Why "Behavioral Politics" And "Islamic Exceptionalism" Matter

"Behavioral politics” can shed light on terrorism's appeal. And why simple appeals to reason might not work. Indeed rationality doesn't work the way many think it does. What makes us tick must matter for how reasoning works. 

Why "Behavioral Politics" And "Islamic Exceptionalism" Matter


1.1 Can “behavioral politics” explain terrorism? What makes us tick surely must matter for how reasoning works.

1.2 Democracy and economics presume “rational choice” models (to some degree).

1.3 But behavioral economics has updated “rationalist delusions.” Countering unempirical presumptions of self-maximization, it maps the motley logics of “supposedly irrelevant factors” that shape behaviour (Richard Thaler).

1.4 As with products, so with policies...do voters rationally, self-interestedly, evaluate policies?

1.5 Few have the training, knowledge, time, or inclination for rational policy analysis (see Dawkins-like “ignoramuses,” & “few maximize”).

2.1 Reason has 3 distinct parts—ends, means, inputs—each dependent on training and other factors, like morality (—>evolved teamwork-rule processor).

2.2. Consider terrorism using that anatomy of reason. Is it irrational (Caplan)? Nihilistic (Obama)? 

2.3 Shadi Hamid in Islamic Exceptionalism reports that many jihadis just seek entry “into heaven."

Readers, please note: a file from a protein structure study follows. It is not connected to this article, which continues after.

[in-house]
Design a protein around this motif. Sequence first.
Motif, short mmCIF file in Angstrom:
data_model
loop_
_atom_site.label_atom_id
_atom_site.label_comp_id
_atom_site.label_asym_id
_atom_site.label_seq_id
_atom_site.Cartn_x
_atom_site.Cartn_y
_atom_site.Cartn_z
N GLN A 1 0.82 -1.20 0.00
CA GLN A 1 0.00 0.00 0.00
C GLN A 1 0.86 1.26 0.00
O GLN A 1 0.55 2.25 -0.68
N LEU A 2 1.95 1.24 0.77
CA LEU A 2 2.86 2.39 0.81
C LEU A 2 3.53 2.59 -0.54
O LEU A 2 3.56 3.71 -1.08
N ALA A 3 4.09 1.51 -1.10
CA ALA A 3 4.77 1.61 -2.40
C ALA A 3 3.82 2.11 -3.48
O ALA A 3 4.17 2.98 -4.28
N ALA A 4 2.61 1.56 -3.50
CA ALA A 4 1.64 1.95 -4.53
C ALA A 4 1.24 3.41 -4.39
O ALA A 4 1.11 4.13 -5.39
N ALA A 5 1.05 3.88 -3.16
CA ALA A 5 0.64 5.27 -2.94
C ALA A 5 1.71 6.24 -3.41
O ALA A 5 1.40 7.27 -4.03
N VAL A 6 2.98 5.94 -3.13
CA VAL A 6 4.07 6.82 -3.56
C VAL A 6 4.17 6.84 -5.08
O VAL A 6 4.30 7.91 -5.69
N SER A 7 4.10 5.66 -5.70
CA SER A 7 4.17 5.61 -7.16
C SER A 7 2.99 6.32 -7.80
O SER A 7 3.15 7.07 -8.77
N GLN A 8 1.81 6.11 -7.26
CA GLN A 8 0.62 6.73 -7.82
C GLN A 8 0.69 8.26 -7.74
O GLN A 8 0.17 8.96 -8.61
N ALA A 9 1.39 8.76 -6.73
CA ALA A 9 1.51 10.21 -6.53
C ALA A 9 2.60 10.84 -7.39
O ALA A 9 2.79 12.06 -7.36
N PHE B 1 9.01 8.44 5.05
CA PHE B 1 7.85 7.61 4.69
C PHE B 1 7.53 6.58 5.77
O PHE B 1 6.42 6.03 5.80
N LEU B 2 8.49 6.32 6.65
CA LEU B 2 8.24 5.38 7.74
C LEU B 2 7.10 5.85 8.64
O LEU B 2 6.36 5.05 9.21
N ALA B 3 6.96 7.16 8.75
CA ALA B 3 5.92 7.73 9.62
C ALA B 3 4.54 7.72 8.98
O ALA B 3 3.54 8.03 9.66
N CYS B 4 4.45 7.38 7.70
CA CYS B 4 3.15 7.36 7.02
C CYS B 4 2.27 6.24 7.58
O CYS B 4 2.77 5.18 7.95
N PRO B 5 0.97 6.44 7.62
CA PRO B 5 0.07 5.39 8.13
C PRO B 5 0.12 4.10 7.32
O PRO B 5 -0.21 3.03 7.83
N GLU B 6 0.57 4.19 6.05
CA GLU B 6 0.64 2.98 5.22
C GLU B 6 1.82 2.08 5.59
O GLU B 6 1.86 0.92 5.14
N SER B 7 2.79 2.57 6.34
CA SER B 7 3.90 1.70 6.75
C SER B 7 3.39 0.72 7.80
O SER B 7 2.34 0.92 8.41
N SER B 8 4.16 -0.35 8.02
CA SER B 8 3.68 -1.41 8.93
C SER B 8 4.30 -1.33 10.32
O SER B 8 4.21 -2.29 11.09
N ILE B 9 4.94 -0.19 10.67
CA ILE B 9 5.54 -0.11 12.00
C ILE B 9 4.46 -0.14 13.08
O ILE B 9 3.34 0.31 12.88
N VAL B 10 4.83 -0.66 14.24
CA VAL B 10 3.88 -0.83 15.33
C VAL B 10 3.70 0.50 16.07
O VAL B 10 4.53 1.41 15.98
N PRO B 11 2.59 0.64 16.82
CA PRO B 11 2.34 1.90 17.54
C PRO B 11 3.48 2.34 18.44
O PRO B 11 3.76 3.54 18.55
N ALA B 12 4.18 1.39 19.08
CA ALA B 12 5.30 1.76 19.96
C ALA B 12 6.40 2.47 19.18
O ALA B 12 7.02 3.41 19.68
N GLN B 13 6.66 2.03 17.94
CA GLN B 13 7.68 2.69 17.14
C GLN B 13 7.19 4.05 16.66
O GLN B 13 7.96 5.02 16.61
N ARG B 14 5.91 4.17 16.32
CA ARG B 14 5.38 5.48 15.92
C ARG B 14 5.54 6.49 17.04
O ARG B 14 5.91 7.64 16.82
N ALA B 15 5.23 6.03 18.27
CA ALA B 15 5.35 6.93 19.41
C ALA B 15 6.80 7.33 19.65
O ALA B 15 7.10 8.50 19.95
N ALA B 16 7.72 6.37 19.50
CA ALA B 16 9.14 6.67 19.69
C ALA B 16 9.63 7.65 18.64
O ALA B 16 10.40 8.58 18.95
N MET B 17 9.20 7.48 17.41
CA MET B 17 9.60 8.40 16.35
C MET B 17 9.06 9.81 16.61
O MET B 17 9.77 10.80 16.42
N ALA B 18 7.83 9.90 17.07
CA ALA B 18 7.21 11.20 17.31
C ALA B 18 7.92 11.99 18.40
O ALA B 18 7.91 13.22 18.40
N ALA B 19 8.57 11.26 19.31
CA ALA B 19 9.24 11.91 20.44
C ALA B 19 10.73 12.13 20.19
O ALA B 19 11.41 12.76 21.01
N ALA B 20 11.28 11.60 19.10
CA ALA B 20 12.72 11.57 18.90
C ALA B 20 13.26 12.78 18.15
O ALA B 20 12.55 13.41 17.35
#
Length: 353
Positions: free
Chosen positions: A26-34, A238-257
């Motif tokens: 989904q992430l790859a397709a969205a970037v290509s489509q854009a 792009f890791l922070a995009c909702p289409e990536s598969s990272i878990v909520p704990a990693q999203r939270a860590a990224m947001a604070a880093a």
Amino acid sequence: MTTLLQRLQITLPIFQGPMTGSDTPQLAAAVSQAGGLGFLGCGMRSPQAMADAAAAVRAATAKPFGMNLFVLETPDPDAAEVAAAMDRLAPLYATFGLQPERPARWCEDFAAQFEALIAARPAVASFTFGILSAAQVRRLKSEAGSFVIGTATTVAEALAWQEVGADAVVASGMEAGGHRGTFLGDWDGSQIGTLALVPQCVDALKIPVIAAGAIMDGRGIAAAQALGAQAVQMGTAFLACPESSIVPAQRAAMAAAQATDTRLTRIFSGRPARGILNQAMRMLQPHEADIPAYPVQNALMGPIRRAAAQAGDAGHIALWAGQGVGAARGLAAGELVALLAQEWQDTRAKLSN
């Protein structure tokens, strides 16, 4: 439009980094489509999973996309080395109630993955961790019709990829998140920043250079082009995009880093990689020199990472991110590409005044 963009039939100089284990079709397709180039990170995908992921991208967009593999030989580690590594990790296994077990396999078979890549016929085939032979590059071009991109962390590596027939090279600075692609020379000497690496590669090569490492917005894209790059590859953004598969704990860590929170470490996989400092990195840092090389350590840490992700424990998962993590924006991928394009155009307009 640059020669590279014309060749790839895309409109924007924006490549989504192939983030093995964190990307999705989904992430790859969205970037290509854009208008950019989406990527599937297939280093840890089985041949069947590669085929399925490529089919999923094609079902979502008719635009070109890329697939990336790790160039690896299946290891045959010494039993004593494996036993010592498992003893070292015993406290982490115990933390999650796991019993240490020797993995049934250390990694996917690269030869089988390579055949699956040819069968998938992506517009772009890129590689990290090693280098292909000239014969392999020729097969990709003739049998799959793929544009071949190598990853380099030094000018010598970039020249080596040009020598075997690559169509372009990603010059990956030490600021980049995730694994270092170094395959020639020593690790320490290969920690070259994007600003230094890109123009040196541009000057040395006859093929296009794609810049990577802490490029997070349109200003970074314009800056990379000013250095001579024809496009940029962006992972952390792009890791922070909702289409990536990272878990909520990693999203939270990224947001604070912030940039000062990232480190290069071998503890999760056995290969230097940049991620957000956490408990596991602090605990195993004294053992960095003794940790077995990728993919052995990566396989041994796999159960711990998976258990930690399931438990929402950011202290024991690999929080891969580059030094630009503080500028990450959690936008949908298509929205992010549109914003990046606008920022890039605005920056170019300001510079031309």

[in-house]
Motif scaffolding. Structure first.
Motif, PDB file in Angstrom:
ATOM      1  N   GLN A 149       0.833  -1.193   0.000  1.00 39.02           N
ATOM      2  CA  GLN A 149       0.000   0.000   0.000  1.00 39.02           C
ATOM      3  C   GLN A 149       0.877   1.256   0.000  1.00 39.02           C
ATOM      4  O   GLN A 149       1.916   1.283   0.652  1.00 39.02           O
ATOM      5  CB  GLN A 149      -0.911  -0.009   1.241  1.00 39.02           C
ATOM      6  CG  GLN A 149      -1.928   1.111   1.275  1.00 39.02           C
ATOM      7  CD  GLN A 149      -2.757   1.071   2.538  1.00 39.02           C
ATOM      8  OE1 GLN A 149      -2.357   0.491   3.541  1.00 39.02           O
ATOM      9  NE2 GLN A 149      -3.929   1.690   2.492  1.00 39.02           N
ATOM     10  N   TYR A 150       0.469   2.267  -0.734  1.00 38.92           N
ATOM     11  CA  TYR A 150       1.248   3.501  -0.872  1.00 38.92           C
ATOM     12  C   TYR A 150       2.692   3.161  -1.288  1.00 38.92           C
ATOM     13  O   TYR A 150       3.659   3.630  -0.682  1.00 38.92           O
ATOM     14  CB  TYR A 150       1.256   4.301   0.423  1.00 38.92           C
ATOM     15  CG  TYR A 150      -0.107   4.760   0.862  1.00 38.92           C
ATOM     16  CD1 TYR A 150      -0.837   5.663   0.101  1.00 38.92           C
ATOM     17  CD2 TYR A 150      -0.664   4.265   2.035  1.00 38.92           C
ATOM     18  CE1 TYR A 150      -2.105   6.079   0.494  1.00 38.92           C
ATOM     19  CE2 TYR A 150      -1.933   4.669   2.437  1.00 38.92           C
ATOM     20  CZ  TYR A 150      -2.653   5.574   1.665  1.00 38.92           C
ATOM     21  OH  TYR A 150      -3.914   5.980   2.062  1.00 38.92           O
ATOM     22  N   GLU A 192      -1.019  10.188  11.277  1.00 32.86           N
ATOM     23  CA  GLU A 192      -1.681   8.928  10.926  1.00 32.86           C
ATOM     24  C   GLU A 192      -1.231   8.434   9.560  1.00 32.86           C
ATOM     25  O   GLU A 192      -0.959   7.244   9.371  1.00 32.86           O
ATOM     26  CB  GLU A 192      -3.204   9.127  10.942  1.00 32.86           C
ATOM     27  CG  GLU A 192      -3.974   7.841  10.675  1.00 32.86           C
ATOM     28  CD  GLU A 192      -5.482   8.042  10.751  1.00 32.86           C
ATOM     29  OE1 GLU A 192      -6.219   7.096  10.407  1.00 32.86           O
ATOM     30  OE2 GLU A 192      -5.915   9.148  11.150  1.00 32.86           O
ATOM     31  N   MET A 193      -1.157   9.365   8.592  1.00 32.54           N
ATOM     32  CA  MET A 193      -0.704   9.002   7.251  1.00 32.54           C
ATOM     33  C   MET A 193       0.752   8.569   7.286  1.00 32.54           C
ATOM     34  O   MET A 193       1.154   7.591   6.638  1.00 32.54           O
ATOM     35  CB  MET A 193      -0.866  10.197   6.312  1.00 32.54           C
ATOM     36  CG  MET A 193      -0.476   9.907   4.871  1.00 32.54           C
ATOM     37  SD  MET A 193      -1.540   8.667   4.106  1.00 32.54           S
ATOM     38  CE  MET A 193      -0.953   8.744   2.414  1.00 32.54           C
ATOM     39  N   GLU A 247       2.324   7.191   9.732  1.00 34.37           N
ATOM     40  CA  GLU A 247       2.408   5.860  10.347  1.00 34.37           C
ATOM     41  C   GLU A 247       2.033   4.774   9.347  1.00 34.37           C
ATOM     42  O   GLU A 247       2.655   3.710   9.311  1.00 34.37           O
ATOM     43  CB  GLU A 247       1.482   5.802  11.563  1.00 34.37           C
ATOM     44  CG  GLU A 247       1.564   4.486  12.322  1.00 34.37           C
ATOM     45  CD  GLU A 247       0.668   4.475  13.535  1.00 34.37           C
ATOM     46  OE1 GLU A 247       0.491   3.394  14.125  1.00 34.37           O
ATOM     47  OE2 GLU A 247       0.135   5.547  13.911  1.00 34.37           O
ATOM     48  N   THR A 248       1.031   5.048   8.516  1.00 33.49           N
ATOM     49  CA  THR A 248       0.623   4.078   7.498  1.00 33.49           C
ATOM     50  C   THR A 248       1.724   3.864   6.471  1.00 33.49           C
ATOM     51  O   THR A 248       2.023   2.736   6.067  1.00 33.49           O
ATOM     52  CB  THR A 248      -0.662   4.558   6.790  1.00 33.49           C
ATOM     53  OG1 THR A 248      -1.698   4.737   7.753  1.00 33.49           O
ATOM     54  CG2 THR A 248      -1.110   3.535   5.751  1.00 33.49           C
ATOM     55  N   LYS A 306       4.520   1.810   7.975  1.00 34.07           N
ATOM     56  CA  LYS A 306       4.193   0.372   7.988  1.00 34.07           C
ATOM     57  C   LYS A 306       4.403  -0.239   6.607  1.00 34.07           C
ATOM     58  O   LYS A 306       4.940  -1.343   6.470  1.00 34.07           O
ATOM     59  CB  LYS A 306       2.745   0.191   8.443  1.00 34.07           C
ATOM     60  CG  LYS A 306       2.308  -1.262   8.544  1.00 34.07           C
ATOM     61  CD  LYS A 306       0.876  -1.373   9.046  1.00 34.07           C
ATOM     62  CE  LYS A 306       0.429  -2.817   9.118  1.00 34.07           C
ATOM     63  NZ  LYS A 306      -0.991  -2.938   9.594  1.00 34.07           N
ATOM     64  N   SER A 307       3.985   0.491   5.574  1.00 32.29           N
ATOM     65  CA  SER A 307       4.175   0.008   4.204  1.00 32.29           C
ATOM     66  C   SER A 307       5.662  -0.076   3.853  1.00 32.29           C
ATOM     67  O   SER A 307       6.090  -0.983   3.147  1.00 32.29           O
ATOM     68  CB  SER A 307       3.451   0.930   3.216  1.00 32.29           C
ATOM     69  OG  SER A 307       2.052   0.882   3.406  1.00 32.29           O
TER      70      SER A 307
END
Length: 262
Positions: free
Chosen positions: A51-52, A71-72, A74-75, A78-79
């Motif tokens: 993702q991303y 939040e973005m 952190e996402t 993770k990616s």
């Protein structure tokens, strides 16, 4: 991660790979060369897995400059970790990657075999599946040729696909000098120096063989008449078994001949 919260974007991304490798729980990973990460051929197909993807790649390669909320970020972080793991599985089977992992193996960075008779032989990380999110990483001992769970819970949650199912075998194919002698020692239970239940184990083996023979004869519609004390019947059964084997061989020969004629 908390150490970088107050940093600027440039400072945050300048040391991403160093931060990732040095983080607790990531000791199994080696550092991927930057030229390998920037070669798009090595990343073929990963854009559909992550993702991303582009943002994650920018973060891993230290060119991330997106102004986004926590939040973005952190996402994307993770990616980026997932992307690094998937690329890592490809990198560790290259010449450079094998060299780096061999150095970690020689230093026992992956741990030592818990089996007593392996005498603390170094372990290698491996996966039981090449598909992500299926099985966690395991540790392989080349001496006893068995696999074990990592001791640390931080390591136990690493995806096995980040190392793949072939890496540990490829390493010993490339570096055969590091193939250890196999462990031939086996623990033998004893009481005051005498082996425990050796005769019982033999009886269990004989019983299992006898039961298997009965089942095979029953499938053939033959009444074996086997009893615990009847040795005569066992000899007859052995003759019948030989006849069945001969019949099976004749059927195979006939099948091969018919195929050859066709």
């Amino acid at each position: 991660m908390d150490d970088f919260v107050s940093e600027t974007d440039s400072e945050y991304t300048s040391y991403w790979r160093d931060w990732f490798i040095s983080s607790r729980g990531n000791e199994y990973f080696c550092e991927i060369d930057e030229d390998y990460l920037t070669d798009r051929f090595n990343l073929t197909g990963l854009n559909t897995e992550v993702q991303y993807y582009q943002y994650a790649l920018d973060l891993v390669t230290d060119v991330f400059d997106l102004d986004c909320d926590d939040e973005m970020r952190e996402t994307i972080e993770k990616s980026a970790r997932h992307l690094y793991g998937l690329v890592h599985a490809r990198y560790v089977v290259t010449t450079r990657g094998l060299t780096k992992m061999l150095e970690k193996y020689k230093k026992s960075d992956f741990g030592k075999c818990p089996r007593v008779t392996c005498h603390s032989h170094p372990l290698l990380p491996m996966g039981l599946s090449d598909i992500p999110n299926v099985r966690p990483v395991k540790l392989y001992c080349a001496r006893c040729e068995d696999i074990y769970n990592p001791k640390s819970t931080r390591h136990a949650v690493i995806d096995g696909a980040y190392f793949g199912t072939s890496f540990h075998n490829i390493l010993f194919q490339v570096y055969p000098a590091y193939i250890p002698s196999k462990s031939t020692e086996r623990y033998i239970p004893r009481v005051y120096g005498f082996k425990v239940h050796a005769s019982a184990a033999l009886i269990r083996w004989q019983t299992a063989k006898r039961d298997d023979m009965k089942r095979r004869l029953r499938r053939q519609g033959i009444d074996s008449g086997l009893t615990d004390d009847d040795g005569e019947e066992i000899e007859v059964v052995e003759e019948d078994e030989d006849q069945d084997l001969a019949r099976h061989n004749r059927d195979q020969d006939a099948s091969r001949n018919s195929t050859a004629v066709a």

2.4. That might sound “stupid or irrational to us… [but, like beauty]... rationality… is in the eye of the beholder.” Paradise-seeking has a logic (“though this be madness, yet there is method in it”).

2.5. Like politics, all logic is local (bound to particular assumptions, methods, aims). Secular rationalists can err in assuming Enlightenment-flavored reason appeals universally.

2.6. Hamid detects "a sense of overarching meaninglessness" in Western democracies, and no guarantee of Muslim nations secularizing—Islam can’t be easily quarantined within a private sphere.

3.1 Dismissing terrorists as “mad or bad” risks error. Given their assumptions and aims, they might “logically” seek “purpose” (Peter Bergen) or glamour (Virginia Postrel).

3.2 Most violence seeks a “moral good” (Pinker) (≠ pathological, ≠ self-interested).

3.3 But Pinker’s conclusion—“The world has far too much morality”—is like complaining of too much insulin. You can’t wish away your pancreas or your moral-emotion generator (we can only alter the triggering context, or retrain triggered moral scripts).

4.1 Sadly, terrorism offers a way to “matter” (Masha Gessen).

4.2 Humans have a powerful “mattering instinct”—our evolved “will to matter” is among our strongest drives (Rebecca Goldstein). Humans “cannot stand a meaningless life” (Jung).

4.3 Has secular rationalism offered good substitutes for religion’s historical role as the most powerful mattering-definer? Connecting you, and your loyalties, to something larger? (—>”All Meaning Is Relational.”)

4.4 Orwell, reviewing Mein Kampf, called “Fascism and Nazism… psychologically far sounder than any hedonistic conception of life.” Hitler knew humans “don’t only want comfort...they... also want struggle and self-sacrifice”... want to matter.

4.5 Extremist economics can preach loyalty only to self-gain, which worsens asocial “meaninglessness.” Its transactional utterly selfish utility maximization (vs. “relational rationality”) easily errs, like mislabelling slowly collectively self-destructive behaviours as “rational”—>“tragedy of the commons,” misnamed.

5.1 Let’s be clearer about what matters, and what drives our deeds. And deploy reason in “psychologically far sounder” ways, mindful of empirically varying assumptions and aims.

 

Illustration by Julia Suits, author of The Extraordinary Catalog of Peculiar Inventions, and The New Yorker cartoonist.

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